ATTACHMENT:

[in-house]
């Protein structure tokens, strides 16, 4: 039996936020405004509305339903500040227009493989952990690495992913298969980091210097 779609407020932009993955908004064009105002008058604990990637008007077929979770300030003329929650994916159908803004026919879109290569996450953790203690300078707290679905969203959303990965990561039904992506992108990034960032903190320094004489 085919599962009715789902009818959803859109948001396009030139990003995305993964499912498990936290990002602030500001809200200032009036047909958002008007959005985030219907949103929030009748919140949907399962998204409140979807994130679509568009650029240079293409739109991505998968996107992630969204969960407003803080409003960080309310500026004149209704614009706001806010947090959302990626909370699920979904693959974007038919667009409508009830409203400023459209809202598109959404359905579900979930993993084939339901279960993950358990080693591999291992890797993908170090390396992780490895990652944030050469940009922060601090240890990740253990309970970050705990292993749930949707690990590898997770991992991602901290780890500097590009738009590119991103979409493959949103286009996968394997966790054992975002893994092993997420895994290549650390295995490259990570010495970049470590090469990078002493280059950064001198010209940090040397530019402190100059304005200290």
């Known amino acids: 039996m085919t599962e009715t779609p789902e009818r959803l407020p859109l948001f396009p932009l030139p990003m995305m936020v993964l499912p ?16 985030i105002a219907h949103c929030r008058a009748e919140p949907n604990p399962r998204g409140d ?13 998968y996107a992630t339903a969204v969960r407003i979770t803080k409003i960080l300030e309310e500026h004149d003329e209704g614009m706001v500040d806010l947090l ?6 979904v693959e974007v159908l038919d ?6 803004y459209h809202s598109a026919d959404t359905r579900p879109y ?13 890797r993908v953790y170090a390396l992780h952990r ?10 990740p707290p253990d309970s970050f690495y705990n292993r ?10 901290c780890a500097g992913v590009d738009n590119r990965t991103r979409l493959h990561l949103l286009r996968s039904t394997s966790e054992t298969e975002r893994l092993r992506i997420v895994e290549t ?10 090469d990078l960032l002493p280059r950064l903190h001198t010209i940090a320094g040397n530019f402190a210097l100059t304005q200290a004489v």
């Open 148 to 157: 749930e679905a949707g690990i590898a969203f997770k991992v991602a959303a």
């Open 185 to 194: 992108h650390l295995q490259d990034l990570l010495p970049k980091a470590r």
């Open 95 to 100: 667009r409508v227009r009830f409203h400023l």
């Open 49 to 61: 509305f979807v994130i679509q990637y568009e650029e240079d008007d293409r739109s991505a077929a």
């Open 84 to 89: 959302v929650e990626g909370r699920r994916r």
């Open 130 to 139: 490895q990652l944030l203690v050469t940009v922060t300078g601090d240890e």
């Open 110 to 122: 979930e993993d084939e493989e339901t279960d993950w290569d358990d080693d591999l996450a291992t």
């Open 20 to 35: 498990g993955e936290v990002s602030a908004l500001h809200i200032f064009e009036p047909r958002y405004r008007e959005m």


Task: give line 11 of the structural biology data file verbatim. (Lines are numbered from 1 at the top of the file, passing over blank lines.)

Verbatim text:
């Open 20 to 35: 498990g993955e936290v990002s602030a908004l500001h809200i200032f064009e009036p047909r958002y405004r008007e959005m």